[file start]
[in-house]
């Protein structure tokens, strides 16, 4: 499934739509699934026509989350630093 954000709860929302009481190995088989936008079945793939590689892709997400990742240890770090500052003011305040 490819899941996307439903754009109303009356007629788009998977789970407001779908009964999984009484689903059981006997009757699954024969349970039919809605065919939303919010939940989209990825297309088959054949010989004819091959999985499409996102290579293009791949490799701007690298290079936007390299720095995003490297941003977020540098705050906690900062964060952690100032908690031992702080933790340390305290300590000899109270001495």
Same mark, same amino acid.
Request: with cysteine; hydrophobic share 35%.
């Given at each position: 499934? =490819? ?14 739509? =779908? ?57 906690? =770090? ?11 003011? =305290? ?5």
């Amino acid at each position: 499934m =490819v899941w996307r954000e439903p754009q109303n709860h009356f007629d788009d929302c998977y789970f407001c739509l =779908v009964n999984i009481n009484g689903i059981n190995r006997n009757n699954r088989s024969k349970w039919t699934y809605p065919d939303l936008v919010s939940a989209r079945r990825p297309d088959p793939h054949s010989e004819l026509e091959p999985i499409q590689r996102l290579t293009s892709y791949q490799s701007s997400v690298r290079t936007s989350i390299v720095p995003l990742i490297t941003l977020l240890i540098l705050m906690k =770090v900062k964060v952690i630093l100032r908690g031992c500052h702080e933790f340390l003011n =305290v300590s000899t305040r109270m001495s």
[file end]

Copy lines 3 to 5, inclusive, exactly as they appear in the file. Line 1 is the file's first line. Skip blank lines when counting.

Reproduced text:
Same mark, same amino acid.
Request: with cysteine; hydrophobic share 35%.
């Given at each position: 499934? =490819? ?14 739509? =779908? ?57 906690? =770090? ?11 003011? =305290? ?5």